Woman Sentenced To Three Years In Prison For Bank Fraud
SAN JUAN, Puerto Rico– Miosotis Ribot-Figueroa (Ribot) was sentenced before US District Court Judge Gustavo Gelpí to 36 months in prison, three years of supervised release, an order to forfeit her home in the Municipality of Gurabo, and an order to pay a restitution of $451,950.77 for bank fraud and aggravated identity theft charges, announced Rosa Emilia Rodríguez-Vélez, United States Attorney for the District of Puerto Rico. José F. González-Guzmán (González) was sentenced to five years of probation, was ordered to forfeit a Vessel, a 2002 Doral International Model 360SE named Cizañas, and was ordered to pay a restitution of $4,134.35 for one charge of monetary transaction in property derived from specified unlawful activity. Both defendants had plead guilty on April 26, 2016.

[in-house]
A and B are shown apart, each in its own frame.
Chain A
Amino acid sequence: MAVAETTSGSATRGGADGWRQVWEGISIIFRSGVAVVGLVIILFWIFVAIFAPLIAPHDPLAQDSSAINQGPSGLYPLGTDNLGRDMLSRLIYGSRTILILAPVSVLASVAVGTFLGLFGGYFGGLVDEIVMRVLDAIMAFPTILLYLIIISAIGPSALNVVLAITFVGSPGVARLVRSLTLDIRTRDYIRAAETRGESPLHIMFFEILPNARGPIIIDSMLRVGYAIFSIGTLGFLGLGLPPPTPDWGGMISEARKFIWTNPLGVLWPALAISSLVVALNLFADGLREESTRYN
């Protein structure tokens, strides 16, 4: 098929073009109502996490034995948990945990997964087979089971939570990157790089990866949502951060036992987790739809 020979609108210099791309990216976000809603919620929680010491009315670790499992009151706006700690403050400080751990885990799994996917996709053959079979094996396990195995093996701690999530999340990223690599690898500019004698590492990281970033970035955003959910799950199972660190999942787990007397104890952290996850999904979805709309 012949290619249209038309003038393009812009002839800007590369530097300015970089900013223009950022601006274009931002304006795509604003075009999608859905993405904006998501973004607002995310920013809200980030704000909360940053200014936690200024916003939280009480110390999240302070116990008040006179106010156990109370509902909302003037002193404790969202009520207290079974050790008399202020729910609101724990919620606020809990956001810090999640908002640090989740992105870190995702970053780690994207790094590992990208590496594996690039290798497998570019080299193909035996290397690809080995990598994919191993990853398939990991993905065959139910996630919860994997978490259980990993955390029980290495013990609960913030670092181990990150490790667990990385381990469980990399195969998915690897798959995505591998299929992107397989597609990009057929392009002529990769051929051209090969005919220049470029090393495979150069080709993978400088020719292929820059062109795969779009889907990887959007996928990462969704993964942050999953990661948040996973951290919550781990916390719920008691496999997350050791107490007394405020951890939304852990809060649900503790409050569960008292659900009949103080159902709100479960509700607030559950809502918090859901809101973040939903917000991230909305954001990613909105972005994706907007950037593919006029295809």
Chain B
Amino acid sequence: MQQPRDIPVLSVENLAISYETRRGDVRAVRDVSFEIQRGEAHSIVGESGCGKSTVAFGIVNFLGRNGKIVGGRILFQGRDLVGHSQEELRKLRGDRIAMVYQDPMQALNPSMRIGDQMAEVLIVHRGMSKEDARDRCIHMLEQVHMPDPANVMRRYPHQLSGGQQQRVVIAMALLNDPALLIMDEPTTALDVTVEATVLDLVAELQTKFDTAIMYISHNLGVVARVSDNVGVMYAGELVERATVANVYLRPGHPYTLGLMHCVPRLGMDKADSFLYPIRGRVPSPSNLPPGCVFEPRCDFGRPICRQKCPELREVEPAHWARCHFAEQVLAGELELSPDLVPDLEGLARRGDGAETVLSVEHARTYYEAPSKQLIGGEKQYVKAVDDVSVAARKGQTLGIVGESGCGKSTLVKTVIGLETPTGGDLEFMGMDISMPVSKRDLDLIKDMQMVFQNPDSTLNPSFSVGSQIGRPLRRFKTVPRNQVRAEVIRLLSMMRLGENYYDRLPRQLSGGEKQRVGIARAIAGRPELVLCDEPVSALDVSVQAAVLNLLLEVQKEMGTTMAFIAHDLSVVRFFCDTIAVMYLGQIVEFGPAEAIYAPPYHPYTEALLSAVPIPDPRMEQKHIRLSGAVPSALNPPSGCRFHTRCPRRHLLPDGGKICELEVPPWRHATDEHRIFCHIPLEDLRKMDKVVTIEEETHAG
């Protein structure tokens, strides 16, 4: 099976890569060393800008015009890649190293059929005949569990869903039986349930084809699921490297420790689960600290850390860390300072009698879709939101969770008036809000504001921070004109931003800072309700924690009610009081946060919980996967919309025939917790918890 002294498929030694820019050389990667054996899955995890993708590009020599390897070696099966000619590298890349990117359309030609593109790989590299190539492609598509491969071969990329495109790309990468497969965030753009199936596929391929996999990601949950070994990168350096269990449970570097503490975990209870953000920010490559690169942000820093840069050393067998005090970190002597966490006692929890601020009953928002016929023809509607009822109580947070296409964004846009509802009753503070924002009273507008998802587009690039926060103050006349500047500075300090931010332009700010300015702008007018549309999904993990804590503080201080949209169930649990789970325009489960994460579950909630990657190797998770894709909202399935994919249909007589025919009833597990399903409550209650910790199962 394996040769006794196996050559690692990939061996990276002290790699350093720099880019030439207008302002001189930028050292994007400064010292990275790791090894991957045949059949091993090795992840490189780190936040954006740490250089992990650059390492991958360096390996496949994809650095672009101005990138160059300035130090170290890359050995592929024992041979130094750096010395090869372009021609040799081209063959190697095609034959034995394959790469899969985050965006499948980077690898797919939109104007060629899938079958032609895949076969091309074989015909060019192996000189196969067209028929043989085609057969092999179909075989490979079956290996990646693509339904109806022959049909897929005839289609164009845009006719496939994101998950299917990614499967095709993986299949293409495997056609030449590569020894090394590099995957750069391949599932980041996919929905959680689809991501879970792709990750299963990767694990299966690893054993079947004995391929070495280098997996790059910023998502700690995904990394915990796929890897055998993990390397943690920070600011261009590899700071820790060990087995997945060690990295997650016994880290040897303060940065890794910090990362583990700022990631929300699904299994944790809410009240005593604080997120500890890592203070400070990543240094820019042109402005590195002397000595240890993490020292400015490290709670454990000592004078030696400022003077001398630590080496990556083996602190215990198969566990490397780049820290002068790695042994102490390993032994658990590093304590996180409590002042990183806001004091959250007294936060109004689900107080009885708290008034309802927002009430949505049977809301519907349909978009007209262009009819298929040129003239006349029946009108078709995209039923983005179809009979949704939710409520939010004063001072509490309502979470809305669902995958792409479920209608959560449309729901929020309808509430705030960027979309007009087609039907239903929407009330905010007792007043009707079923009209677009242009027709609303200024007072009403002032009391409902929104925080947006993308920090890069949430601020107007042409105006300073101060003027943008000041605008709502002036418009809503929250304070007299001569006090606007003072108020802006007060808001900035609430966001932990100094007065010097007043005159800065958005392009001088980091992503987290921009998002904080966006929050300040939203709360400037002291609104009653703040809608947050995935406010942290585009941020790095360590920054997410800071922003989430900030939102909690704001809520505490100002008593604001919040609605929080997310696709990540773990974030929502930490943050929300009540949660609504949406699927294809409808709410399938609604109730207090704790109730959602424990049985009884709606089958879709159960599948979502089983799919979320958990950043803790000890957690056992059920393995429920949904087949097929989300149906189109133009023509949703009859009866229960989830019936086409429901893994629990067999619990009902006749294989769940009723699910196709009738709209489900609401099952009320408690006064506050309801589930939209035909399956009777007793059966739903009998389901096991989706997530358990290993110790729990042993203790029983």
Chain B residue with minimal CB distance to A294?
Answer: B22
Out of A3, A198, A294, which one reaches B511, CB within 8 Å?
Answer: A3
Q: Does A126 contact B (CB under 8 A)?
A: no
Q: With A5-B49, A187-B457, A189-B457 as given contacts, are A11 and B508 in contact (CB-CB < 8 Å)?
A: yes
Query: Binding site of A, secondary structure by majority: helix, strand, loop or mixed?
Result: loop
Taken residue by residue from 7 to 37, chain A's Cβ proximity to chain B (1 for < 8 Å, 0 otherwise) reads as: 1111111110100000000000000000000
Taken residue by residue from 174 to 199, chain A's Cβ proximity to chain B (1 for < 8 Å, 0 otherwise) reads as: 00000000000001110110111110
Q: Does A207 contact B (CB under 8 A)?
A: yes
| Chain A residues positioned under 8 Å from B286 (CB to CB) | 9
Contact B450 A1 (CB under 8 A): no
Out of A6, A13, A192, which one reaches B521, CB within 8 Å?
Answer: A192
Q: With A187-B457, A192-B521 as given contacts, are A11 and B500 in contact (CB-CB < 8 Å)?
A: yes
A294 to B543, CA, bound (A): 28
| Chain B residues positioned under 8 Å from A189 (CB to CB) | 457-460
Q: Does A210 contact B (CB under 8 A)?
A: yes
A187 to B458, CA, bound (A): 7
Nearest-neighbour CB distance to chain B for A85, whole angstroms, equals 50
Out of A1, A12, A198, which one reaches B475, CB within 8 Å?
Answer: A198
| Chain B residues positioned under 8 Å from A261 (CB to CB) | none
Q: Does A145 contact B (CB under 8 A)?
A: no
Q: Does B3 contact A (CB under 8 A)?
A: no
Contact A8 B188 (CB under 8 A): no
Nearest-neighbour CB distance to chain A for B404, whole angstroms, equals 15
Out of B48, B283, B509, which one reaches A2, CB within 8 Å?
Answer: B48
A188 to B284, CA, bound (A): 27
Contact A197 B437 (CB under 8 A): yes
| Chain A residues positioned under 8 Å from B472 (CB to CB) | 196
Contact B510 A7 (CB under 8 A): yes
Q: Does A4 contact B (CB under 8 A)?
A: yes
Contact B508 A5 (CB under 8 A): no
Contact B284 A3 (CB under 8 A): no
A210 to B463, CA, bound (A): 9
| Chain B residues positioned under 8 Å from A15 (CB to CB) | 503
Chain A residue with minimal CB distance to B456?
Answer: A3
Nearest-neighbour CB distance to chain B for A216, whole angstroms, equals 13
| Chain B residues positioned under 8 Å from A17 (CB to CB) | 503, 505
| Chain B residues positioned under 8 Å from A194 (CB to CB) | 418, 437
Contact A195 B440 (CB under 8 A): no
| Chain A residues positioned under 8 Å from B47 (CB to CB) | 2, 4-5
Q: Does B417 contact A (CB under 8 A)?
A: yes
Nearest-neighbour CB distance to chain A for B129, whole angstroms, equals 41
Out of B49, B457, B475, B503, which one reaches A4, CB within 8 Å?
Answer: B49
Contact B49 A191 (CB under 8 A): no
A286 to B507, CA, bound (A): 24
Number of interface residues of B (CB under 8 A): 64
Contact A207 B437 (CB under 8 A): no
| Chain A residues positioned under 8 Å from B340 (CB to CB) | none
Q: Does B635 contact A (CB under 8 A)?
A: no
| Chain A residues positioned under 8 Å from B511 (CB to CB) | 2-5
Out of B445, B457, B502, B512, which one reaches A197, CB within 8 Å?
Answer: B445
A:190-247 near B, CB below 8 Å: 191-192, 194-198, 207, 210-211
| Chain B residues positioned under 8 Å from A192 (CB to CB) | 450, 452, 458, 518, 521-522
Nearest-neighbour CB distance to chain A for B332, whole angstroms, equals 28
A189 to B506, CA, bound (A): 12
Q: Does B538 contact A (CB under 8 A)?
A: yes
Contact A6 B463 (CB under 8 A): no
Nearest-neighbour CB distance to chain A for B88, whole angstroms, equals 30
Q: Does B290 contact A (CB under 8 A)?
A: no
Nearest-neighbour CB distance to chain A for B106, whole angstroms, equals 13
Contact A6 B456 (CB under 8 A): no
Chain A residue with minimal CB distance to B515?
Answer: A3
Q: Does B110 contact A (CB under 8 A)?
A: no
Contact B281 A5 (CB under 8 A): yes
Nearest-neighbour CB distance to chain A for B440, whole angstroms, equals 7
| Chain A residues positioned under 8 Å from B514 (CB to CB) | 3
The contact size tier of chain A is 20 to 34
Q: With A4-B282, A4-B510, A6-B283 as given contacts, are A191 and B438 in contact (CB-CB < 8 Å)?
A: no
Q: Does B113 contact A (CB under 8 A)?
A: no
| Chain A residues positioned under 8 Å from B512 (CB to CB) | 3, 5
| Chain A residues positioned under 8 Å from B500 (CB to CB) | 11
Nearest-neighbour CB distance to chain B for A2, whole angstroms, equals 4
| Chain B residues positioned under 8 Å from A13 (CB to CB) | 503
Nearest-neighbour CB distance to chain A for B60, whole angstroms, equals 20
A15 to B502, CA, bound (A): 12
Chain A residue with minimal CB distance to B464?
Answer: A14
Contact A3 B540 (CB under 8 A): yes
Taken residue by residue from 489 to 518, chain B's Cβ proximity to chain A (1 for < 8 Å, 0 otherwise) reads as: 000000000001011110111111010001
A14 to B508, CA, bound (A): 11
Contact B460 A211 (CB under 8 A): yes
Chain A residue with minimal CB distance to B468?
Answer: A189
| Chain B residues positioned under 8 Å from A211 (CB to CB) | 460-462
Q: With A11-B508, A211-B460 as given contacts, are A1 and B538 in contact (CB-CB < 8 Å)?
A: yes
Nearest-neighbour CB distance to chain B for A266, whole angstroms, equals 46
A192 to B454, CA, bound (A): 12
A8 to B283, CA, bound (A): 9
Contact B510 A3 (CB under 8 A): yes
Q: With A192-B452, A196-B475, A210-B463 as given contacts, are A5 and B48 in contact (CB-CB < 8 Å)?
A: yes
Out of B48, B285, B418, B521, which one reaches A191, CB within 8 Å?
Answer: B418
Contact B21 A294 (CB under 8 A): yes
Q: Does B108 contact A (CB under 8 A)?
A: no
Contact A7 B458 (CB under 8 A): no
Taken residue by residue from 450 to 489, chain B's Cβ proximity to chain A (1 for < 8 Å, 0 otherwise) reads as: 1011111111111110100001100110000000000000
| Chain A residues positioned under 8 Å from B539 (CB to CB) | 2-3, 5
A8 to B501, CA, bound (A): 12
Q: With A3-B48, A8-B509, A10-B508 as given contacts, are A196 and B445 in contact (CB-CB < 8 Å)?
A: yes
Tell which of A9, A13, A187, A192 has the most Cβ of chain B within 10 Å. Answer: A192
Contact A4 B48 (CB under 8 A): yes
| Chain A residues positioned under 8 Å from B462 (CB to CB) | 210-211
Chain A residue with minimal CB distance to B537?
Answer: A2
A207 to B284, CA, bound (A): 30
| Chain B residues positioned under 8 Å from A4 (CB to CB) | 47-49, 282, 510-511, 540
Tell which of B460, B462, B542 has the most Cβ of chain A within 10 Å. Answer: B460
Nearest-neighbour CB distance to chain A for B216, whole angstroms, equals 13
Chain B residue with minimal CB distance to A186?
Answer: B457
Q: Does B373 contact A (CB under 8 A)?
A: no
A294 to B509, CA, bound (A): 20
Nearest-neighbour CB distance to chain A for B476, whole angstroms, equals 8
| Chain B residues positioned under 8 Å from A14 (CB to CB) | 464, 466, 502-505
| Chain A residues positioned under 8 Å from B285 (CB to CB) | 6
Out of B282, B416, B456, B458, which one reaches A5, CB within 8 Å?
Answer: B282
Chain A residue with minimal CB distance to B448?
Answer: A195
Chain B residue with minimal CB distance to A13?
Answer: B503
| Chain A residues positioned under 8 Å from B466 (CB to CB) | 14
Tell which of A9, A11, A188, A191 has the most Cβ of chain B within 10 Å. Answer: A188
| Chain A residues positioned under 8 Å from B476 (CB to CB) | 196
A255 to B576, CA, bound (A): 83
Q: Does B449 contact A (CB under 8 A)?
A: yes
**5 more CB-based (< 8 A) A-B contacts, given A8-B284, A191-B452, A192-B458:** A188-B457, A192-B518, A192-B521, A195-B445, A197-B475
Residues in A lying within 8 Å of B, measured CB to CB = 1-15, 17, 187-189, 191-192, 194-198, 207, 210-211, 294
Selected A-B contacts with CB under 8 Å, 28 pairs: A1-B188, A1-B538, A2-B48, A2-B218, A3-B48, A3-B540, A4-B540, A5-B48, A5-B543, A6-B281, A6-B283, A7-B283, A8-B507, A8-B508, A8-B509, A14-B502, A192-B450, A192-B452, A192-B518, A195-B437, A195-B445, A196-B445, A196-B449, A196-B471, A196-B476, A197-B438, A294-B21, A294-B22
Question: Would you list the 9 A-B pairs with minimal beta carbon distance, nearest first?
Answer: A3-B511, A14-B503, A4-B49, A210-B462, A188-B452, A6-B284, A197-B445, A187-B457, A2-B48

On December 9, 2015, a Federal grand jury returned a seventy-nine count indictment with multiple counts of bank fraud, wire fraud, aggravated identity theft, and four counts of monetary transactions in property derived from specified unlawful activity. The Federal Bureau of Investigation (FBI) was in charge of the investigation.
According to the indictment, which was filed on December 9, 2015, these charges stem from a scheme utilized by Ribot from approximately May to October 2014 to make thirty-four unauthorized bank transfers from the bank account of her employer to bank accounts controlled by Ribot and/or González totaling approximately $490,165.42. Ribot was employed as an assistant controller for a Puerto Rico company that sold, distributed, and provided service for medical equipment.
As a part of the scheme, Ribot logged into her employer’s computer network and accessed their bank’s system for processing payments and bank transfers to vendors and customers. Ribot then processed thirty-four unauthorized bank transfers to herself and González. Ribot submitted false and fraudulent invoices to correspond to the fraudulent bank transfers. Ribot also submitted false information into a journal voucher system to reflect that the bank transfer had been authorized by a supervisor. In doing so, Ribot utilized the names and signature of others to further the scheme to defraud, which constituted the aggravated identity count.